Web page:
What happens to ethnic distinctions in an age of global capitalism and bureaucracy, and of electronic and physical means of communication that destroy distance? What happens to Christianity under such circumstances?
Christianity has always been cosmopolitan in some ways. Saint Thomas ended up in Kerala and Prester John was Central Asian or Ethiopian. But Christianity isn’t Islam, which merges humanity into a single nation under a single law. The nations remain separate, and that’s legitimate and good. Popes as recent as Saint John Paul II have emphasized the value of distinct ethnicities.
For a way of life that’s definite enough to be functional you need devotion to an explicit ideal held in common, like Christianity. But ideal commitments aren’t enough for most people, who need common culture and ancestral heritage for a complete functional way of life.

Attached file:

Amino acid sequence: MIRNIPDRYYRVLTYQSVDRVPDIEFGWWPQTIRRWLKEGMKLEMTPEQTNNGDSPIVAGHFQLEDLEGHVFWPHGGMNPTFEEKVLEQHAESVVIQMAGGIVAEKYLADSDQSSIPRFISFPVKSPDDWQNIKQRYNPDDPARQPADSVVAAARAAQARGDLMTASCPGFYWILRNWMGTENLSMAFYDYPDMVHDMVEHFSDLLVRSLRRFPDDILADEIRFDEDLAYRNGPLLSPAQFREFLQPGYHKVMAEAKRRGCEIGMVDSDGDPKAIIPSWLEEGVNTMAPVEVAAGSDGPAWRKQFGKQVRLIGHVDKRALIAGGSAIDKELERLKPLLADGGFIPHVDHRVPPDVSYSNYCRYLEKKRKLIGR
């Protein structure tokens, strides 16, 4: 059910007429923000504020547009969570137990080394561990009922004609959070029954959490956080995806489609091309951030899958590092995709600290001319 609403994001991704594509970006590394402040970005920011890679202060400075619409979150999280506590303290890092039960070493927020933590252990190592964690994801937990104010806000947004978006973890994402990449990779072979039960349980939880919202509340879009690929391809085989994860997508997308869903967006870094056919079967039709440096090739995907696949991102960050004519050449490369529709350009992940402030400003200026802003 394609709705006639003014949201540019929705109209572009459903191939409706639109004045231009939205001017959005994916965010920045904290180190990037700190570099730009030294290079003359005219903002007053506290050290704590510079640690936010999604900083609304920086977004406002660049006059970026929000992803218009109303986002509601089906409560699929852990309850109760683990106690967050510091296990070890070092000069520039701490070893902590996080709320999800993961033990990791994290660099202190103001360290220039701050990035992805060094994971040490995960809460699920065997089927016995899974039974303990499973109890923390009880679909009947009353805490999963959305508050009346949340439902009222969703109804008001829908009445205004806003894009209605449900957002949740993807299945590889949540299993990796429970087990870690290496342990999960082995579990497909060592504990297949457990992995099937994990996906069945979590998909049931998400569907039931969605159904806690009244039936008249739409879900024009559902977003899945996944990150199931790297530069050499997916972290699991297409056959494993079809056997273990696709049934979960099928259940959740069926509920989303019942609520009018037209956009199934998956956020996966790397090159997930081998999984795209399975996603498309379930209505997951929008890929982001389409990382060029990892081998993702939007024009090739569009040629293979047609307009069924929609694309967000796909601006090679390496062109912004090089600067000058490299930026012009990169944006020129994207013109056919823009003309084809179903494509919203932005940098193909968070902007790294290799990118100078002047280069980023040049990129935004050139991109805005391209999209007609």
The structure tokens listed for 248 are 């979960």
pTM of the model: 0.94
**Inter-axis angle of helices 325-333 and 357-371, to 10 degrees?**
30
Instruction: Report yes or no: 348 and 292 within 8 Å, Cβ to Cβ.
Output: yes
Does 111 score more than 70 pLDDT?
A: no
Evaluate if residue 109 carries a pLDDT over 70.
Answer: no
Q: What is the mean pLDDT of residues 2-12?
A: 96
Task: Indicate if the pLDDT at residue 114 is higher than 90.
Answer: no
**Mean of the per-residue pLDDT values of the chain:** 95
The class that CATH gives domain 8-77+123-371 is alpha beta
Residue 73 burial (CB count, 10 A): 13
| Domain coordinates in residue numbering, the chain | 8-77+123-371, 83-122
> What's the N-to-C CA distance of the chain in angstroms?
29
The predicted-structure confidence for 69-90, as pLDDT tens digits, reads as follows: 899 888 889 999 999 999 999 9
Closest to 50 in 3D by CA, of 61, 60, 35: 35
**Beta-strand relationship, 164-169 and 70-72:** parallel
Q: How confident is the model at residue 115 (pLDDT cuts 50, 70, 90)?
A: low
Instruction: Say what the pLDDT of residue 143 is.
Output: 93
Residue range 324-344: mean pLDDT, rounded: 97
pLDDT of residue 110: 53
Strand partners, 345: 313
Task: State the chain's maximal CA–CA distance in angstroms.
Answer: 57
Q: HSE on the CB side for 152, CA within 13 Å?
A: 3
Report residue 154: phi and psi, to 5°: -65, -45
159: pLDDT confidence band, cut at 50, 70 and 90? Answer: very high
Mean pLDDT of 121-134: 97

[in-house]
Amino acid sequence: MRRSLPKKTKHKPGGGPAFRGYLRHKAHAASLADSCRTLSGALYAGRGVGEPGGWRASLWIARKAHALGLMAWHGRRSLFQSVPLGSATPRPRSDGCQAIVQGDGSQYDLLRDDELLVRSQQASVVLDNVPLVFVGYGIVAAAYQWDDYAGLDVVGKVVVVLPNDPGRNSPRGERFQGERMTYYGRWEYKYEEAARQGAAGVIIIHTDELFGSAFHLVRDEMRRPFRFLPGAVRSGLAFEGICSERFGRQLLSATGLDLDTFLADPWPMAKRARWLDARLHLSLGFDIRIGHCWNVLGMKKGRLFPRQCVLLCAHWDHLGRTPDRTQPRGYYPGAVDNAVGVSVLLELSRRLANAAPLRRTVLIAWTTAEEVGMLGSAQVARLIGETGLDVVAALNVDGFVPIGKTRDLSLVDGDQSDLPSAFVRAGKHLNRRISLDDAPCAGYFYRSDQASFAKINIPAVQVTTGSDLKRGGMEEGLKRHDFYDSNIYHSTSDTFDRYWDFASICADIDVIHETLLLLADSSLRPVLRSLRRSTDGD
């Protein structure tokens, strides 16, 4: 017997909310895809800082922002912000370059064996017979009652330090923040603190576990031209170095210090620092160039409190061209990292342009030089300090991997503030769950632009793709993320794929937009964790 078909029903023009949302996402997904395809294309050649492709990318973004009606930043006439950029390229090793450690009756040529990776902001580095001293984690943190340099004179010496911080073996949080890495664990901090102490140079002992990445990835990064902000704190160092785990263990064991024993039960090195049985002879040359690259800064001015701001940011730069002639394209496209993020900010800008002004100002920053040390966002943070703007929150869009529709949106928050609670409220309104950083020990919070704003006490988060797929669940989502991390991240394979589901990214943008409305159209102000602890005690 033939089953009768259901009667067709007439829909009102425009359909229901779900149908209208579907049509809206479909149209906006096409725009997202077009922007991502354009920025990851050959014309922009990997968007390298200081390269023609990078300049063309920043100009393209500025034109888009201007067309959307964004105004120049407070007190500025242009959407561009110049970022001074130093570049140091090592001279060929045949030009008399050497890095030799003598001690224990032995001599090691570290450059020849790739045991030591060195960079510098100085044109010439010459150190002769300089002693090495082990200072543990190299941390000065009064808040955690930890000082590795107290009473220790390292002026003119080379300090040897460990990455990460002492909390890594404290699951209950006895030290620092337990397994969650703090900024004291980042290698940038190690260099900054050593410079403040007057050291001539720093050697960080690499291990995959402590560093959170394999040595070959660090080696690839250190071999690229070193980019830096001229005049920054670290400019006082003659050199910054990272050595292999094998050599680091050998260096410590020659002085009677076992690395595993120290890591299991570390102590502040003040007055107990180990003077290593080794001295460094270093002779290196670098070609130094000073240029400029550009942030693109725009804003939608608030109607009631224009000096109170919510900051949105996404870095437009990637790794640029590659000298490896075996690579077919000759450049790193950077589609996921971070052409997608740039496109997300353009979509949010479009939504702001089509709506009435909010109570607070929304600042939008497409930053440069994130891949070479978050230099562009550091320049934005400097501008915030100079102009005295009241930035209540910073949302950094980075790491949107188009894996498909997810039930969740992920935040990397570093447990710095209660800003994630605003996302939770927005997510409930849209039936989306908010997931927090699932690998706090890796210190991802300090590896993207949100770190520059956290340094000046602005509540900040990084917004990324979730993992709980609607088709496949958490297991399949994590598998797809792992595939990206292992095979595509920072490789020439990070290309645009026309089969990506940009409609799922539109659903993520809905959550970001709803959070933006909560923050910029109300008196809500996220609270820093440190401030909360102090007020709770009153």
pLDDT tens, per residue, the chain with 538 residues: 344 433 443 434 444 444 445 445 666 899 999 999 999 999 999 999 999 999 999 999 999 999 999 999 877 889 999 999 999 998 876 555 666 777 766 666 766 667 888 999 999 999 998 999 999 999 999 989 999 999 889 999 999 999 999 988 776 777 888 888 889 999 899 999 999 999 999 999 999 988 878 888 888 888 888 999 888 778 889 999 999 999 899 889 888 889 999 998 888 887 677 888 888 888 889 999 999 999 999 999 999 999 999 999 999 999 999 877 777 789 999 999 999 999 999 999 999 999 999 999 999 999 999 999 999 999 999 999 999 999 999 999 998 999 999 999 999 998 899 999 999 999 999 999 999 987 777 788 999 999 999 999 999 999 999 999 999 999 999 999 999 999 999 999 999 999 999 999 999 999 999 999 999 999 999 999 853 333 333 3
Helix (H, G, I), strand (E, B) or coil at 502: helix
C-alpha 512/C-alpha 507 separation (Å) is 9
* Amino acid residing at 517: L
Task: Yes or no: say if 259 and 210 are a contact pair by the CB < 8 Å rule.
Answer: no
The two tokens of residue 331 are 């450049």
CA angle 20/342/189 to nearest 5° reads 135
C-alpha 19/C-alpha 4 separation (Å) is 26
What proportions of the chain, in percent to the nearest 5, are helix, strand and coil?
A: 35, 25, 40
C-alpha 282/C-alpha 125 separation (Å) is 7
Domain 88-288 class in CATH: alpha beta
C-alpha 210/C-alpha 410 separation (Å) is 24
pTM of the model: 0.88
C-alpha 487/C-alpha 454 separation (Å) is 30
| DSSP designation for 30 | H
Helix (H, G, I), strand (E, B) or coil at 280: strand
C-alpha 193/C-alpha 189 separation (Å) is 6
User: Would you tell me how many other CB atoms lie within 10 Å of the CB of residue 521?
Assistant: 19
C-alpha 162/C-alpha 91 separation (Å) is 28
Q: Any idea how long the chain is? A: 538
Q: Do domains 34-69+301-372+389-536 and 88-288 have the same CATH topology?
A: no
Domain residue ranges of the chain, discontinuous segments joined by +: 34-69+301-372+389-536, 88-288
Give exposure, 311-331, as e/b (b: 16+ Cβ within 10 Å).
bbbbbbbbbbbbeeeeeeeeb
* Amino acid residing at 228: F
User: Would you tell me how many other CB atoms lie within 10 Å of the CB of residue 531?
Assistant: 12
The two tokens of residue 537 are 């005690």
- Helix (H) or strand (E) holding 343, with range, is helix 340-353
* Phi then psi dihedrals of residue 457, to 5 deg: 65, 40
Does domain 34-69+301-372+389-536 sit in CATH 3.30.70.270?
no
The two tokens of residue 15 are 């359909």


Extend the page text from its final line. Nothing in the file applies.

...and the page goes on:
But locality and ancestral heritage can’t help much in the Internet age. If all specific traditions disintegrate, because they’re all equally present on YouTube and Zoom so everyone can mix and match ad hoc and ad libitum, it seems that what Christians have left to live by is pure personal commitment to pure high theology.
Can that really work? Guardini’s End of the Modern World deals with what happens when Christianity no longer has any support in culture or tradition, and notes how unbelievably demanding it becomes. How much of it will then remain? Is it right for Christians to support the tendencies that give rise to such a situation?